Remembering Miyake, who designed beauty and joy

Issey Miyake's troubled beginnings propelled him to 'bring beauty and joy' to the world of fashion.

Issey Miyake tribute

“In Japanese we have three words: yofuku, which means Western clothing; wafuku, which means Japanese clothing; and fuku, which means clothing. Fuku can also mean good fortune, a kind of happiness. People ask me what I do. I don’t say yofuku or wafuku. I say I make happiness.”

Issey Miyake was seven years old when his eyes rested on a scene of horror so surreal, so dreamlike, it was unparalleled to anything his ancestors could have witnessed. In 1945, the little boy’s entire life was decimated, explosively, by the most deadly weapon mankind had ever made: the atomic bomb. And so, one of Hiroshima’s most famous sons joined in with the rest of his compatriots in the miserable, painful, and determined reconstruction that followed.

Except Miyake-kun was not miserable. The bomb and its aftershock may well have sealed the fate of several important figures among the young Issey’s friends and family, including his mother, whilst leaving him with a lifelong limp, but these were memories he knew he would never escape from. Instead, he trod a path toward brighter times, as he preferred to think of ‘things that can be created, not destroyed, and that bring beauty and joy’.

Belonging to the postwar generation that rebuilt Japan, Miyake believed “design has the power to change lives by enhancing them, offering solutions to contemporary problems, and bringing joy.” This belief emerged for Miyake when he first saw the decorative handrails on two bridges made by sculptor Isamu Noguchi called Tsukuru (‘To build’) and Yuku (‘To depart’), unveiled in 1952 as part of the city’s postwar transformation into a ‘City of Peace’.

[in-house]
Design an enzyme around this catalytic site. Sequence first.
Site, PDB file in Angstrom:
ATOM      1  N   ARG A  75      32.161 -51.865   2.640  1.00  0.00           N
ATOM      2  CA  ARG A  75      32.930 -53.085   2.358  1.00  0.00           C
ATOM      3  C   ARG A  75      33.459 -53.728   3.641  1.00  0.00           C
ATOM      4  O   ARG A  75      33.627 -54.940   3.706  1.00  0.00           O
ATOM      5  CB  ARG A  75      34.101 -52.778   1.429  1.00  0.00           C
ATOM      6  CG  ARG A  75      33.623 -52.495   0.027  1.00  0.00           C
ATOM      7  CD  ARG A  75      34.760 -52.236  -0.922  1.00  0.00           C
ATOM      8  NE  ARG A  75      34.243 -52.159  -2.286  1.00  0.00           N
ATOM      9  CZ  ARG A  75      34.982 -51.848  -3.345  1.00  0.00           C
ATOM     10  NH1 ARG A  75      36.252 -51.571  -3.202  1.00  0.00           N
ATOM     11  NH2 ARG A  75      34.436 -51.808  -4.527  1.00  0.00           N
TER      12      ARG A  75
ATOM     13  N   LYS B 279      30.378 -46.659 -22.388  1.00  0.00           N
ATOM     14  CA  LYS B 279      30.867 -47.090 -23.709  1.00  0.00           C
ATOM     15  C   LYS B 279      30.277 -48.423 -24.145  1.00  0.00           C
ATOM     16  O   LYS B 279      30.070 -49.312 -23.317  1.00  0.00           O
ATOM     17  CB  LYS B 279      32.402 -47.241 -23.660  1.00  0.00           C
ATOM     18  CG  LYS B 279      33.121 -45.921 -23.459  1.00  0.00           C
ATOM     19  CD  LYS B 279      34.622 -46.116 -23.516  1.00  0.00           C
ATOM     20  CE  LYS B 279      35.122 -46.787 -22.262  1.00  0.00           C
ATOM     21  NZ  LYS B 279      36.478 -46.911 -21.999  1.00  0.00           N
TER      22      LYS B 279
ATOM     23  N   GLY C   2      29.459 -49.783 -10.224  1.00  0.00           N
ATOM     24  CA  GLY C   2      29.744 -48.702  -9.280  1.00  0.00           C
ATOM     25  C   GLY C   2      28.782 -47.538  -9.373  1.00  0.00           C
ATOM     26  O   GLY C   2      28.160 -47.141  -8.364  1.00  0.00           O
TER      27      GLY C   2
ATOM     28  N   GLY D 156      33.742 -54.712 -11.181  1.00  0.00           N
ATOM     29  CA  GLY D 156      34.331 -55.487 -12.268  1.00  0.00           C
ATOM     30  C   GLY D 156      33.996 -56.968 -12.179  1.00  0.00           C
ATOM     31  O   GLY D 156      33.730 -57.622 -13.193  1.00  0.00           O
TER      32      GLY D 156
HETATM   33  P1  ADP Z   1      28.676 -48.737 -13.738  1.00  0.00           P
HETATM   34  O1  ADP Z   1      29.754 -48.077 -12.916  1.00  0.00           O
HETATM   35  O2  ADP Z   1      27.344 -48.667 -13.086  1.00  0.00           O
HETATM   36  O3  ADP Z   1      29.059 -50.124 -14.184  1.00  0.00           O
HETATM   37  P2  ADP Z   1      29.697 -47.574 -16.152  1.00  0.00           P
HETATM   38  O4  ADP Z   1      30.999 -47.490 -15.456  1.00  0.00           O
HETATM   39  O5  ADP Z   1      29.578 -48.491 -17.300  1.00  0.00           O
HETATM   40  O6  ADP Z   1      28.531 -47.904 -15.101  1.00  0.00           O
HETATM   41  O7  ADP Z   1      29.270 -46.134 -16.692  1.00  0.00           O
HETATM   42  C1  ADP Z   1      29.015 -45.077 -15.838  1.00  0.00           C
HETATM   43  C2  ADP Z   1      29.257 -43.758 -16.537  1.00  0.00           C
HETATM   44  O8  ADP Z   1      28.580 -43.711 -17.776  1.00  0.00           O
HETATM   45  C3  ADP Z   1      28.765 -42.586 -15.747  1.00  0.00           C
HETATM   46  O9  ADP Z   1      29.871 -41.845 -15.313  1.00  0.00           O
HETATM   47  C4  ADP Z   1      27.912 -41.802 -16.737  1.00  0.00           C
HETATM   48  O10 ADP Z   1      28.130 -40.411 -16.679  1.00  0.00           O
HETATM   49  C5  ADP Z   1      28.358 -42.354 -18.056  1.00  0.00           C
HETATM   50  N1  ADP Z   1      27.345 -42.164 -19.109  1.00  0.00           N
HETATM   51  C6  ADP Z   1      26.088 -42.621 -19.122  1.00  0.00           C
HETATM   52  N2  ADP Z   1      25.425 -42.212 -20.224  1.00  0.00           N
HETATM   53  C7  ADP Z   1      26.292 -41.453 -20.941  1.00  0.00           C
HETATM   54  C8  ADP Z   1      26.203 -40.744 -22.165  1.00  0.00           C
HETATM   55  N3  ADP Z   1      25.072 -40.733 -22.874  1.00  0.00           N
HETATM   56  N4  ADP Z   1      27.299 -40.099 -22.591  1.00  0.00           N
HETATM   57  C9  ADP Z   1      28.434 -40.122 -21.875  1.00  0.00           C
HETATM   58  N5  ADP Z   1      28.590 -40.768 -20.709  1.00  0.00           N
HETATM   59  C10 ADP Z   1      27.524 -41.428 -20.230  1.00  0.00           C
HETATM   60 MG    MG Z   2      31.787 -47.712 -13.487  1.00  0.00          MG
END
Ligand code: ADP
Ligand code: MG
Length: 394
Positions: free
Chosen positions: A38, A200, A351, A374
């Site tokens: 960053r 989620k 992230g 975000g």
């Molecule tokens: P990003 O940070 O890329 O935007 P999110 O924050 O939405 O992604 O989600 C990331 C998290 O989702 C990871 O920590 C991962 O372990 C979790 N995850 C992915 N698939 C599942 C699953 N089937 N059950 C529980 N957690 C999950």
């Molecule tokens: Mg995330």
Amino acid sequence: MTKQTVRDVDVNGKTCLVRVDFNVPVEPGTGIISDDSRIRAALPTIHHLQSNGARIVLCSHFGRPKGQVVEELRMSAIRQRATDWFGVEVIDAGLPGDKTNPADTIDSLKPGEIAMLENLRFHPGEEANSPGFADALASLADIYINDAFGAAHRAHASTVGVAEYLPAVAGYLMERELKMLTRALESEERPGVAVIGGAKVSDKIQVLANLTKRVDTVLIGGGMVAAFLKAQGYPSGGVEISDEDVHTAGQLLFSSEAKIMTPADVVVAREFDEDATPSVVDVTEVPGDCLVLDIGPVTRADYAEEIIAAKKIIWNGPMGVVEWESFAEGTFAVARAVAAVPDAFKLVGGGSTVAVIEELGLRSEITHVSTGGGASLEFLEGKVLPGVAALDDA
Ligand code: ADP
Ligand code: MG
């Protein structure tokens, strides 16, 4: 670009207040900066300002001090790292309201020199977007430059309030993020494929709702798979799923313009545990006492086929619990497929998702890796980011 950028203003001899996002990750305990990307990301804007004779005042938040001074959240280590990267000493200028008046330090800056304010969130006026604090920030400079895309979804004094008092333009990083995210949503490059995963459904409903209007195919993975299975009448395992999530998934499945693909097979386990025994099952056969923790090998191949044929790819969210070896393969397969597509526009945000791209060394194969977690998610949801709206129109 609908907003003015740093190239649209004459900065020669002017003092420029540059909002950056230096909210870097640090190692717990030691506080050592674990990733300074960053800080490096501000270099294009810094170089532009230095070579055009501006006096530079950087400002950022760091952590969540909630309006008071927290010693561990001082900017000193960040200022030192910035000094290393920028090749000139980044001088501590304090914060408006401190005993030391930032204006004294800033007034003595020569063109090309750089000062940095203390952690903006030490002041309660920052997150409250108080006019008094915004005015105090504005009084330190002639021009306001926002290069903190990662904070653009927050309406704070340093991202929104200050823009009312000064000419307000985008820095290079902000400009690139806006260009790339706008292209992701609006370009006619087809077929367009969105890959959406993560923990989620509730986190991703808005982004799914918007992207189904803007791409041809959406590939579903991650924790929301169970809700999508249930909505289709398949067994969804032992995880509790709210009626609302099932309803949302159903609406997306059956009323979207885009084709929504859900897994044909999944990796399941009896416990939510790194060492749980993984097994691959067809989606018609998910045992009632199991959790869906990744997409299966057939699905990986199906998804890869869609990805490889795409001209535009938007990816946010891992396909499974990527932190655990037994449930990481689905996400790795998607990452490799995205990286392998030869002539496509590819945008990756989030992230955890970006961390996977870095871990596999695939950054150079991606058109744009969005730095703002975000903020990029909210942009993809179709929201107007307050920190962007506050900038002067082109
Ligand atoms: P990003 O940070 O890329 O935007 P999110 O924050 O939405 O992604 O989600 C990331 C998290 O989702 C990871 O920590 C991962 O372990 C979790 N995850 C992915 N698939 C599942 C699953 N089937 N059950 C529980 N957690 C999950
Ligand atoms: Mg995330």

Hiroshima 1945

An overview of Hiroshima in autumn of 1945

Inspired by the pictures inside his sister’s French and American fashion magazines (carefully read away from the eye of his army officer father), Miyake began illustrating his own designs. Given no avenues to study fashion design at home, Miyake left Japan in 1965 to immerse himself in the alien world of Parisienne haute couture, studying at École de la Chambre Syndicale de la Couture Parisisenne, apprenticing under Guy Laroche and later Hubert de Givenchy. He struggled to see his place in fashion’s high society, inspired rather by the 1968 student riots where he “witnessed first-hand the beginning of a new era: the era of the common man”.

Armored with a new sense of confidence as a fashion society outsider, Miyake returned to Japan to open Miyake Design Studio in 1970, where he flourished in departing from the conventional social groups and approved aesthetics of Europe’s fashion scene. He began his lifelong exploration in monozukuri (‘way of making’), searching for ways to create something new using technologies that honoured traditions of the past.

Issey Miyake, Fujiwara Dai, A-POC Queen Textile, 1997

Issey Miyake, Fujiwara Dai, A-POC Queen Textile, 1997